A group of Queen’s medical students are celebrating as the City of Kingston embraces their calls for more inclusionary housing and homelessness policy development.
At Tuesday’s council meeting, City Council unanimously passed a motion calling for the meaningful and compensated inclusion of people who have experienced homelessness on relevant municipal committees, working groups, and task forces.
The motion calls for city staff to present a report and recommendations that identify how the City of Kingston can improve the meaningful participation of people who are, or have been, precariously housed and suggestions of compensation for such participation. The report will also outline how the City can prioritize the participation of women and Indigenous people, as these demographics are overrepresented among the City’s homeless population.
The call for the meaningful participation of precariously housed people is a result of advocacy from the Queen’s Municipal Day of Action, a group of medical students from Queen’s University who are looking to address the social causes of medical issues through policy changes.
Beginning in April, the group formulated three asks of the municipal government that address housing and homelessness policy in Kingston. Tuesday’s meeting marks the successful implementation of all three asks.
The first ask is the inclusion of a link to the Home Standards Project on the City of Kingston website to inform tenants of their rights. The second is for the City of Kingston to direct staff to develop recommendations on the meaningful inclusion of people with lived experience in housing and homelessness policy. Finally, the third ask calls for the prioritization of the inclusion of women and Indigenous people in this process.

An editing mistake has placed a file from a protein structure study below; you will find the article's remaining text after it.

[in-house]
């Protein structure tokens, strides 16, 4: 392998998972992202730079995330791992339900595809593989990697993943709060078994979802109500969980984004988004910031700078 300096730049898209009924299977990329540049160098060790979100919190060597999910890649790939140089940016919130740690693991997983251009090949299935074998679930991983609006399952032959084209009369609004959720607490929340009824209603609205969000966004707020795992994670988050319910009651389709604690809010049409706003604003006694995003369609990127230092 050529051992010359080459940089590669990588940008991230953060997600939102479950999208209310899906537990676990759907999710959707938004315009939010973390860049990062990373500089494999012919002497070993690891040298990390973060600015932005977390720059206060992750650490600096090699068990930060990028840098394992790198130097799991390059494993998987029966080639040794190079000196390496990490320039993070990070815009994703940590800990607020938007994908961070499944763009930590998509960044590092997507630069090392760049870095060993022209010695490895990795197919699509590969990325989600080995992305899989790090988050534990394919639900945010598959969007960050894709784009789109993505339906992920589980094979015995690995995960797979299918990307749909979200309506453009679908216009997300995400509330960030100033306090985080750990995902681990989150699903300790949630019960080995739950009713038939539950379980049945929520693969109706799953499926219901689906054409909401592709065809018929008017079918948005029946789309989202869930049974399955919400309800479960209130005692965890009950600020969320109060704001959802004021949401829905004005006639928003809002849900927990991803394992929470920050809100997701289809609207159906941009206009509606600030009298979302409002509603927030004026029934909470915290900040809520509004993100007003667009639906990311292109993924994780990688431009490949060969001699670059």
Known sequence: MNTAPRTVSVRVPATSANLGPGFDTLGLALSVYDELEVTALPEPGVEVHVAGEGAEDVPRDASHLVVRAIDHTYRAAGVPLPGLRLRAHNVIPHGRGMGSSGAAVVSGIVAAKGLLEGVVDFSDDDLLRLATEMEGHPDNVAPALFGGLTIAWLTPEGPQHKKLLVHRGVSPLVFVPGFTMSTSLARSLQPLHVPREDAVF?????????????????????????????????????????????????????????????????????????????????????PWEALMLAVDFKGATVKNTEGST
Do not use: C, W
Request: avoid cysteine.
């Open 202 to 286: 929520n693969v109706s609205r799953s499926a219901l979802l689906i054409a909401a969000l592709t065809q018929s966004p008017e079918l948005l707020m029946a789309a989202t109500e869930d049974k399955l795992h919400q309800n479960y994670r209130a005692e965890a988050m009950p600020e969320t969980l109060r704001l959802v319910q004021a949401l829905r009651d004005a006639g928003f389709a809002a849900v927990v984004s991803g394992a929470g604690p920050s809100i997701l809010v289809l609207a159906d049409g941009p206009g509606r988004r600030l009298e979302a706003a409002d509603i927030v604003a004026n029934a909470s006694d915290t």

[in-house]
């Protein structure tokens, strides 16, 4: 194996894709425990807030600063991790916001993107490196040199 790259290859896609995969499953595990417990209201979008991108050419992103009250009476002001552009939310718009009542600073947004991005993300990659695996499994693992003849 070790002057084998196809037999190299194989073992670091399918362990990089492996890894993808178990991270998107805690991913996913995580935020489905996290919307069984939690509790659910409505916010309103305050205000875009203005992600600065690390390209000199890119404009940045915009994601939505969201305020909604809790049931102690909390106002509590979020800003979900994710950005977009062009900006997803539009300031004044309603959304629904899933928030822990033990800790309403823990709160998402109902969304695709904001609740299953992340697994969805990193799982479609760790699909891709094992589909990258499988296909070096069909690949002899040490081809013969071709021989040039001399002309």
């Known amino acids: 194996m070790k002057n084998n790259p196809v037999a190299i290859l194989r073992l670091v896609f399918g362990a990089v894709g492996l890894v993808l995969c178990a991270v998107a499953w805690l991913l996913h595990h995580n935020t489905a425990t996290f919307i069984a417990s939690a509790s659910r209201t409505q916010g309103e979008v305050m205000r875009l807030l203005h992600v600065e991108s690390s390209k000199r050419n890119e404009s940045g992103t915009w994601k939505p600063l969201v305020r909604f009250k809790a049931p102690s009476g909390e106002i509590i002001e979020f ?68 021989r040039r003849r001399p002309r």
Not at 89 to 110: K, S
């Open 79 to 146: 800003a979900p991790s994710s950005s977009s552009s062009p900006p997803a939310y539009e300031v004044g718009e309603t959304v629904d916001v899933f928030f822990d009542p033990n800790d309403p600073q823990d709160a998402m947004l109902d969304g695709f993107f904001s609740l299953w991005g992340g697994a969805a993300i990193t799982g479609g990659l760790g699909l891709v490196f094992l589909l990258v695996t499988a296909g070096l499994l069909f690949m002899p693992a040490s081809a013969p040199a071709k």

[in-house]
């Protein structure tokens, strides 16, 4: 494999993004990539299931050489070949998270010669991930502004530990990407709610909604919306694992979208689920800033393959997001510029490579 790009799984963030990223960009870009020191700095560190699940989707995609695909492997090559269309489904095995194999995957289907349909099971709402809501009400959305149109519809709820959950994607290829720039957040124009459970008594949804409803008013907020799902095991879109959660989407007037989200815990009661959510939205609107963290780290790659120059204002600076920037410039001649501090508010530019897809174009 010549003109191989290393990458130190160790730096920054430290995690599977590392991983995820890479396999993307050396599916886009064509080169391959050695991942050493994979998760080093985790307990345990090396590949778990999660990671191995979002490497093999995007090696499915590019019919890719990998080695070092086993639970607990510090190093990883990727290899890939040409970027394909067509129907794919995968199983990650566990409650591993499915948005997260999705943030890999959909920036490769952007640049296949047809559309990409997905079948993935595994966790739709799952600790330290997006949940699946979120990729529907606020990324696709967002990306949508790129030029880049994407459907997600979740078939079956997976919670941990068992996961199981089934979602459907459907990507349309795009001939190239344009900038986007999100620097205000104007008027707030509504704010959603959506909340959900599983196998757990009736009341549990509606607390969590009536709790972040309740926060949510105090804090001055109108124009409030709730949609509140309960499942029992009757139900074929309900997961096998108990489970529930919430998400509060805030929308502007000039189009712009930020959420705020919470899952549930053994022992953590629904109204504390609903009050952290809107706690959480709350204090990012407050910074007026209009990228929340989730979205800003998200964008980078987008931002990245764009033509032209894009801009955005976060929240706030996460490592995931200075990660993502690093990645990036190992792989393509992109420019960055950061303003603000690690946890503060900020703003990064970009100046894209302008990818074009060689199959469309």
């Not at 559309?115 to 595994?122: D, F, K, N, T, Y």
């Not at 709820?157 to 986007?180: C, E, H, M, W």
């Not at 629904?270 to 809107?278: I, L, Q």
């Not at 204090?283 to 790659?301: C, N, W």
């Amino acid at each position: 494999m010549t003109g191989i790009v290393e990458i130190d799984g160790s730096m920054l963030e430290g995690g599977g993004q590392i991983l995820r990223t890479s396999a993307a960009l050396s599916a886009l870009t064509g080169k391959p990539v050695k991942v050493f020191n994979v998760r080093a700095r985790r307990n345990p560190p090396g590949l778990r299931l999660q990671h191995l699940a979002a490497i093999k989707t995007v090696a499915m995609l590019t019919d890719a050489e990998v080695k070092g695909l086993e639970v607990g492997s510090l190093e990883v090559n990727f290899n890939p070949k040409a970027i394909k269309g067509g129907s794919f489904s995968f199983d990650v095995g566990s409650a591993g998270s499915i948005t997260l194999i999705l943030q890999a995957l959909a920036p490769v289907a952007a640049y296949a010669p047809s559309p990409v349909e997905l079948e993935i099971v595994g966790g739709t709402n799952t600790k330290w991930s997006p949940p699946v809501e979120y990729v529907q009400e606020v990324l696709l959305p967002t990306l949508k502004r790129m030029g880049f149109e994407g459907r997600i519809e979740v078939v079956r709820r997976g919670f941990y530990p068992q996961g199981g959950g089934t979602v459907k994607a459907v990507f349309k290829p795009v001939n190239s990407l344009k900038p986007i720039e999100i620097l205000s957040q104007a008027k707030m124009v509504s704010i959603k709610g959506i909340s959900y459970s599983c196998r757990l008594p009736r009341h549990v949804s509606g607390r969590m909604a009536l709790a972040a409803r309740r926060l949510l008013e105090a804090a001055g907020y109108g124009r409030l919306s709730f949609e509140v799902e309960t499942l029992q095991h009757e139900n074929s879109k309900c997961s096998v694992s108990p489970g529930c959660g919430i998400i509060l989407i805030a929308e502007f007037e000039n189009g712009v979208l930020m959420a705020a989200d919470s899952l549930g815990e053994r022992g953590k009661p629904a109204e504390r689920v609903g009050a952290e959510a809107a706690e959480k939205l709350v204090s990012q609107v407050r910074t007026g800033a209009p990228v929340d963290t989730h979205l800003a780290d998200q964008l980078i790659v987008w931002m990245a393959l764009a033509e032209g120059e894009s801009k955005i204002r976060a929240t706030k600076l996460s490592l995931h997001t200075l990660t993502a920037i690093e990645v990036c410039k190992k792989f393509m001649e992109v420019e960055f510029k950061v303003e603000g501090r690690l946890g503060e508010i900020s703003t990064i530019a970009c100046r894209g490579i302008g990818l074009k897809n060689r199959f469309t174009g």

“Our asks—all of them, everything we kind of dreamed of happening—happened. And we see some real progress,” said Angie Salomon, a member of Queen’s Municipal Day of Action, in an interview with the Whig-Standard.
While the motion was passed unanimously and was widely well-received by Councilors, there was some concern regarding compensating participation.
“There was a little bit of discussion about offering compensation potentially attracting individuals who are more interested in receiving compensation than actually contributing to the working group,” Ishita Aggarwal said in an interview with the Whig-Standard.
While both Aggarwal and Salomon acknowledge the logic of this concern, they highlight the importance of ensuring that participation in municipal processes is equitable.
“This is an issue of equity, and the definition of equity is that some people have different advantages and disadvantages going into a situation. Someone giving up time at their minimum wage job, especially someone working 12 hours a day at three jobs, maybe they should be compensated that hourly wage that they would be making at work,” Salomon explained.
The nature of compensation for participation is one of the main areas that will be investigated in City staff’s report to Council, and Salomon and Aggarwal hope that the Municipal Day of Action team can remain involved in the process.
“I think it would be really good for us to continue on, and to help shape what those recommendations look like. Because, it could very well be that the recommendations are ‘don’t do this’ and that’s not what we want either. We want to help them find the evidence and make things as easy as possible,” Salomon said.
Aggarwal echoed these sentiments, explaining that the team is committed to these initiatives and want to utilize their contacts to help see them through.
“We have offered to help connect council to some of the connections we’ve made over the past eight months, which I think is the most meaningful contribution we can make,” she said.
While the team is looking to help the City draw examples and evidence from other municipalities, Salomon hopes that Kingston can go beyond the examples of housing and homelessness policy that exist already.
“I don’t think Kingston’s response for this, or for any other issue, should be to consider Toronto, or Hamilton, or London, or any municipality as the best practice,” she said. “I think we should be looking to improve on those practices, and I think Kingston being a smaller community that has a lot of grassroots initiatives and a relatively progressive City Council, why not try things other places haven’t? There might be a really good payout that could set a precedent for other regions to do the same.”
The team is offering the City their support through the process as City staff are due to report back to Council with their report in the fall.
Original Article: https://www.thewhig.com/news/queens-medical-students-call-for-report-to-include-precariously-housed-in-city-processes